Thirty-eight firefighters from Portola Fire, Eastern Plumas, Beckwourth, Graeagle, Plumas Eureka and Sierra Valley Fire responded to what is now called the “Ponderosa Fire.” Forest Service personnel patrolled surrounding streets for flying, burning embers.
According to Portola Fire Chief Henry Johnson, the concrete walls of the structure helped contain the fire but didn’t help on the inside.
The space that once occupied the bowling alley had recently been worked on to house a proposed hostel. Residents living in the building lost everything and collections were taken up at the football game that night.
There was some water damage to the building next door but by late last Friday, the laundromat, Diversities, Toland, a photo studio, Stay ‘n Fit were all back open again, according to the building’s owner, Jan Breitwieser, although Portola Plaza which housed some of the businesses was posted as having “Restricted Use” earlier in the day. EPCAN may be operating out of a different location. Jan was singing praises to the local fire departments, to Swann Engineering, Liberty Power, Grizzly Electric, her insurance company and others for the speed in environmental testing which she said tested good with no environmental problems.
On Tuesday, according to Portola City Public Works Manager Todd Roberts, the city hadn’t heard from the owner of the bowling alley property and the City was having to start the abatement procedure against the property owner. Todd explained the procedure takes time and is very hard. The property owner is reportedly very ill and not able to communicate directly.
COMMERCIAL STREET MEMORIES
By M.J. Keogh - Photo courtesy of Carrie L. Neely
MANY OF THE VACANT LOTS you see on Commercial Street in downtown Portola once held a thriving business.
The Ayoob’s parking lot once held a rooming house, a bar, grocery store, shoe repair shop a Portola Reporter newspaper - and perhaps a few more that I can’t recall.
Also comes to mind, a bar. The large space between the “now gone” bowling alley and Alderman’s Hardware once was occupied by the Grand Cafe, the Elkhorn club, a small “Rooms for Rent” parcel, before the Alderman’s building and Snap’s “33” Club which was on the very corner of Commercial Street and California Street.
Now for the many businesses that occupied the old bowling alley space: a beautiful drugstore maybe “Lloyd’s Portola Drug,” a large fountain area with swivel stools with backs you had to step up to, large fans at the ceiling which also housed the old fashioned lighting system. The back of the drug store was the drug and medicinal prescriptions area. The front rack contained the latest New York magazines, funny books and Hollywood’s latest stars. My favorite magazine was the Song Book with pictures of The Four Aces singing Tell Me Why. The drug store was a favorite of mine, especially I have to mention an article from the November 16, 1937 The Pine Needle which was a weekly printed newsletter at the Portola High School. It read “Stock Jobbers Worry,” Cries of “Oh, I’m Worried.”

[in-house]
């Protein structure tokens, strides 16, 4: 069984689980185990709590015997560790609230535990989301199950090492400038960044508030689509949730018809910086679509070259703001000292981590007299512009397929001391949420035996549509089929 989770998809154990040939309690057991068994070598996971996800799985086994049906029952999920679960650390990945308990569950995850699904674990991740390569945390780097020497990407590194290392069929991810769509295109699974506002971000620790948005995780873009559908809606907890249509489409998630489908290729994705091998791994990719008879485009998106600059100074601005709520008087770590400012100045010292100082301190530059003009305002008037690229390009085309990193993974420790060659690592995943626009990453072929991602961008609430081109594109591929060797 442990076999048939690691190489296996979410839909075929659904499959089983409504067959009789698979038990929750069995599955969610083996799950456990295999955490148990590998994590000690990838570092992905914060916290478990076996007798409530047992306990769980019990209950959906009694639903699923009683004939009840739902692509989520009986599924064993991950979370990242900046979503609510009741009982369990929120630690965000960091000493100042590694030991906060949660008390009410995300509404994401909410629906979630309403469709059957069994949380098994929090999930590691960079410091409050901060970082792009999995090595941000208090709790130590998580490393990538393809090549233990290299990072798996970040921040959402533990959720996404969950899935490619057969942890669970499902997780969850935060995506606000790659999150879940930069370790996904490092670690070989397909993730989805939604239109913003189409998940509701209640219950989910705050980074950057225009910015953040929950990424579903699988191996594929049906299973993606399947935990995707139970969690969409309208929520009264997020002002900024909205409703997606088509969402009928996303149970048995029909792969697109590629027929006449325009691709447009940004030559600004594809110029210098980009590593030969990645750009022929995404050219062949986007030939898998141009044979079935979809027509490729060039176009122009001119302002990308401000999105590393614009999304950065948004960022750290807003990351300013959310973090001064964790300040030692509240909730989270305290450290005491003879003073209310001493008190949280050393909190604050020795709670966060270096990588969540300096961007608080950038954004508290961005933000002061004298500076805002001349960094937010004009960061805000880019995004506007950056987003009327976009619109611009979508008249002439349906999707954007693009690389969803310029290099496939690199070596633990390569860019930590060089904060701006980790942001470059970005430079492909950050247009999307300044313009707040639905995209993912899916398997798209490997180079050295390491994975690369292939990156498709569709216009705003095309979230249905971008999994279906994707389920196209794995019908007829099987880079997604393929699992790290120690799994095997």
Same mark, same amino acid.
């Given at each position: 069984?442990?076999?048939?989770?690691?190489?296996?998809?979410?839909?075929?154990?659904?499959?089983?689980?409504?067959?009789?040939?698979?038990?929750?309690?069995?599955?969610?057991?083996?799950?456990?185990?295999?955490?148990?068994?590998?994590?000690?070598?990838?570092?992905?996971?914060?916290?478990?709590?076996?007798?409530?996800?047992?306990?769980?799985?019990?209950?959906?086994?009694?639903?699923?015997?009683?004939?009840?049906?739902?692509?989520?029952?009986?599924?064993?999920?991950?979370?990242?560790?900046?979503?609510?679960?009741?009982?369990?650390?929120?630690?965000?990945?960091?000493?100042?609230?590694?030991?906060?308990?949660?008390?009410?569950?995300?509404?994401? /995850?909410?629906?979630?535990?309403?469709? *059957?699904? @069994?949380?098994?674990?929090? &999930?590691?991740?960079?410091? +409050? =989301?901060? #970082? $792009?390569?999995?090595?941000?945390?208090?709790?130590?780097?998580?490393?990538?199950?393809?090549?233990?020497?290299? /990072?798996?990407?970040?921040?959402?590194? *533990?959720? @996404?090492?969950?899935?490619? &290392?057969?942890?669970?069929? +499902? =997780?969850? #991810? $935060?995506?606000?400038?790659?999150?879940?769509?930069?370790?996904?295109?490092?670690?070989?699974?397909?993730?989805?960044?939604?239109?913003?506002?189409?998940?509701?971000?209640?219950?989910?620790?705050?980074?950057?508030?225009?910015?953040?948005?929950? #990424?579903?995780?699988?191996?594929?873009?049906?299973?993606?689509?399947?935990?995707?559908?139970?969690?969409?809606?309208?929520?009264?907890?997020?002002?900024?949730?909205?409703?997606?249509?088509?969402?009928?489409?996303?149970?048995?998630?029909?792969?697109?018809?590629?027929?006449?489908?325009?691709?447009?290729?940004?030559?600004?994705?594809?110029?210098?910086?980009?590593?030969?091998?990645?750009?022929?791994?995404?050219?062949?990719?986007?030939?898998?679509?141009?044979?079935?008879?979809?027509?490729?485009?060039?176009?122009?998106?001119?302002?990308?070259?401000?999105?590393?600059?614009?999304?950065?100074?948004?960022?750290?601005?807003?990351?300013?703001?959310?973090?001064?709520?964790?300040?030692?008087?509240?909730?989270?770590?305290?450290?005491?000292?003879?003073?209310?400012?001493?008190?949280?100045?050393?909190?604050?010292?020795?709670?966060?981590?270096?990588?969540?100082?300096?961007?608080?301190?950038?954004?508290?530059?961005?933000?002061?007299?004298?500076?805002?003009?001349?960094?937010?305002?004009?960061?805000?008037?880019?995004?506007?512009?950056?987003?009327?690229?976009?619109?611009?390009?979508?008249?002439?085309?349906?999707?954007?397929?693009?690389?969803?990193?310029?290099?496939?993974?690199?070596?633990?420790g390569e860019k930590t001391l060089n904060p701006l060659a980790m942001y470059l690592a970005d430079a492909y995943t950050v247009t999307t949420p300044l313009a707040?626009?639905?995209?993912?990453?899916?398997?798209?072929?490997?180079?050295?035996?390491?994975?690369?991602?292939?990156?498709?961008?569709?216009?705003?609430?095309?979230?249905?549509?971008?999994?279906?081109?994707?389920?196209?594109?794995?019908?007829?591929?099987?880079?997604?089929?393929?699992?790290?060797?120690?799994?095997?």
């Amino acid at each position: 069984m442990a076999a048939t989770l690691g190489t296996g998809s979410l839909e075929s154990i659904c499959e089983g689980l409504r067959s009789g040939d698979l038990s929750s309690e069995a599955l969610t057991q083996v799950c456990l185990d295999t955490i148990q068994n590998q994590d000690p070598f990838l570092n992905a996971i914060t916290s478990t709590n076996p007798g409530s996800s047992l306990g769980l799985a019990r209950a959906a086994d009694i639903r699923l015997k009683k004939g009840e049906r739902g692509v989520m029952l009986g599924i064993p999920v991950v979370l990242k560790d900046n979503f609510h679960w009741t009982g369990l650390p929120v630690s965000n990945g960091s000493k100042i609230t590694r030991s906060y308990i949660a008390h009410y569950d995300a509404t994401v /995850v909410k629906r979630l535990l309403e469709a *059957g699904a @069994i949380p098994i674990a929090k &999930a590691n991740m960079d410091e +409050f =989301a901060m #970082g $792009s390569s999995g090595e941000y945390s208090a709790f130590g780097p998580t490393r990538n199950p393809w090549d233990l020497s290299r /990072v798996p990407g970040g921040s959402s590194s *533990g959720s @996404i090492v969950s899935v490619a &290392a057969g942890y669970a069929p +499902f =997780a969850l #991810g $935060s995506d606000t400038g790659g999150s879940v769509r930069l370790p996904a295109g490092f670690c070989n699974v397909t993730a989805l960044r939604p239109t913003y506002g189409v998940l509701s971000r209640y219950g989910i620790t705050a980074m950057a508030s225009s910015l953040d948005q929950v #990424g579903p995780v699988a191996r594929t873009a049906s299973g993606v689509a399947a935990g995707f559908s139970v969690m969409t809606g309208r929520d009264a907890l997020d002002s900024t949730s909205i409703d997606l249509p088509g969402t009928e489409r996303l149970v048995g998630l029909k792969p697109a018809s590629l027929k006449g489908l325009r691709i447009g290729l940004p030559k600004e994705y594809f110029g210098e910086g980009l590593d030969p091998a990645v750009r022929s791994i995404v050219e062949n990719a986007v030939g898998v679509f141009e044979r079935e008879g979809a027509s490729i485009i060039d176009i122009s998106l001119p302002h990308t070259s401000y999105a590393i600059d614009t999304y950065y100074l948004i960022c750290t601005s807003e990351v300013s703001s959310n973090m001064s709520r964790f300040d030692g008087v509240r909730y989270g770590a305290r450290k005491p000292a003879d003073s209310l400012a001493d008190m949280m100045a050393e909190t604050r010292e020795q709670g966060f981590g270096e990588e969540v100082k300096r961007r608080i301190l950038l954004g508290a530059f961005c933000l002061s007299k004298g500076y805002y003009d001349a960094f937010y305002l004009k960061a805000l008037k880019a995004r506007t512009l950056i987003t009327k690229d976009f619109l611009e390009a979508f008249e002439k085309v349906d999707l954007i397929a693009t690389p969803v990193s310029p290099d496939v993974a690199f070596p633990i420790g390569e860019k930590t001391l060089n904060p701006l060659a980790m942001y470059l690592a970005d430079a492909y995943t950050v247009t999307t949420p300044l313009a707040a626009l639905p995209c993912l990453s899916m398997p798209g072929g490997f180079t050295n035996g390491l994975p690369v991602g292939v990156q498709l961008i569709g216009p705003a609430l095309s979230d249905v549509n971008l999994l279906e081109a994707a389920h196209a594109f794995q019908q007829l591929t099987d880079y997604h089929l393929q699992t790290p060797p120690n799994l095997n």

Members of the “American Problems Class” at the high school were scanning the morning papers and buying and selling of stocks which began on November 5.
A conservative fellow named Ted King was leading the market financially and his stock was going up a bit - even as the stock was plummeting in the death spiral.
The HM&J was well known by my family as my mother was the head waitress and Johnnie the Greek was head chef. It was a great place to eat - open 24 hours a day.
The Gilda theatre was about where the bowling alley sat.
Here come the businesses that once graced the burnt block: there was a bank on the corner of Nevada and Commercial; HM&J Bar and restaurant which also featured gaming tables, and a dance hall; a post office; long hallway to the alley had a barber shop and a shoe repair business. A bigger barber shop was up front of the building.
The S.L.Lung Building on the central building featured the Gilda Theatre (1938), the R&T Market (Ross and Townsend), the Portola Drug Store, a jewelry store, Polar Bear Ice Cream & Company owned by Howard Joy (very popular eatery) - phone 80 - Grand Cafe, Elkhorn Club, Ed Alderman’s hardware, Snap AppleGate’s 33 Club.
The taxi worked out of HM&J. Orville and Mary Musser were owners of Greyhound bus service at HM&J.
The bowling alley building had apartments up stairs which were always full of working families, a dance hall at HM&J also had a stage for performers, singers, large bands, etc. with gaming tables and slot machines until the county sheriff buttoned them up around 1945 or 1946.
There were once lots of happenings on that section of town, even a murder or two at the back door of HM&J!
That’s a story for another time!